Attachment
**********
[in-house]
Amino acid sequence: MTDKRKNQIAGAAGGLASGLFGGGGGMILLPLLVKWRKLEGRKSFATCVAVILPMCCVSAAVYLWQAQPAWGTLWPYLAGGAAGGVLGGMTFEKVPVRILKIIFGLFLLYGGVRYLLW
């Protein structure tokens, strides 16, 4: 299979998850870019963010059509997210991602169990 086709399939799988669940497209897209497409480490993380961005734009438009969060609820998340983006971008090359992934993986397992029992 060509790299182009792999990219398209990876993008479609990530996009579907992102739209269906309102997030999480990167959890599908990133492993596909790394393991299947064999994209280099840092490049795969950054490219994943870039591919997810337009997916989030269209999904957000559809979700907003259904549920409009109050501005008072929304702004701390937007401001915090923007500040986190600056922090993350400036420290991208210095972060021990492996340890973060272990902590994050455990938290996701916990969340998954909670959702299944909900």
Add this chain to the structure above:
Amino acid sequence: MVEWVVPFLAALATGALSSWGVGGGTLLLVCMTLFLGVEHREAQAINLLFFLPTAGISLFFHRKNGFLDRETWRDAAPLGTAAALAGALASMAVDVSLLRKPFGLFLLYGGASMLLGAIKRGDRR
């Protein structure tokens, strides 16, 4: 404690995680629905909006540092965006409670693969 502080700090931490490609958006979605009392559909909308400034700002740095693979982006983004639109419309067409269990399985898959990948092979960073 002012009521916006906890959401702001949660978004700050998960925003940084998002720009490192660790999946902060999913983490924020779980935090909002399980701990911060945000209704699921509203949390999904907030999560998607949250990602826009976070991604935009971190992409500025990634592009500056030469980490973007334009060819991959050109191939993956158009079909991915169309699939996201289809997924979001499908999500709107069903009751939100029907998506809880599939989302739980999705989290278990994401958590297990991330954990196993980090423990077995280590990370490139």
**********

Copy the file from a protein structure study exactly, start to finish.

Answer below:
[in-house]
Amino acid sequence: MTDKRKNQIAGAAGGLASGLFGGGGGMILLPLLVKWRKLEGRKSFATCVAVILPMCCVSAAVYLWQAQPAWGTLWPYLAGGAAGGVLGGMTFEKVPVRILKIIFGLFLLYGGVRYLLW
């Protein structure tokens, strides 16, 4: 299979998850870019963010059509997210991602169990 086709399939799988669940497209897209497409480490993380961005734009438009969060609820998340983006971008090359992934993986397992029992 060509790299182009792999990219398209990876993008479609990530996009579907992102739209269906309102997030999480990167959890599908990133492993596909790394393991299947064999994209280099840092490049795969950054490219994943870039591919997810337009997916989030269209999904957000559809979700907003259904549920409009109050501005008072929304702004701390937007401001915090923007500040986190600056922090993350400036420290991208210095972060021990492996340890973060272990902590994050455990938290996701916990969340998954909670959702299944909900």
Add this chain to the structure above:
Amino acid sequence: MVEWVVPFLAALATGALSSWGVGGGTLLLVCMTLFLGVEHREAQAINLLFFLPTAGISLFFHRKNGFLDRETWRDAAPLGTAAALAGALASMAVDVSLLRKPFGLFLLYGGASMLLGAIKRGDRR
């Protein structure tokens, strides 16, 4: 404690995680629905909006540092965006409670693969 502080700090931490490609958006979605009392559909909308400034700002740095693979982006983004639109419309067409269990399985898959990948092979960073 002012009521916006906890959401702001949660978004700050998960925003940084998002720009490192660790999946902060999913983490924020779980935090909002399980701990911060945000209704699921509203949390999904907030999560998607949250990602826009976070991604935009971190992409500025990634592009500056030469980490973007334009060819991959050109191939993956158009079909991915169309699939996201289809997924979001499908999500709107069903009751939100029907998506809880599939989302739980999705989290278990994401958590297990991330954990196993980090423990077995280590990370490139």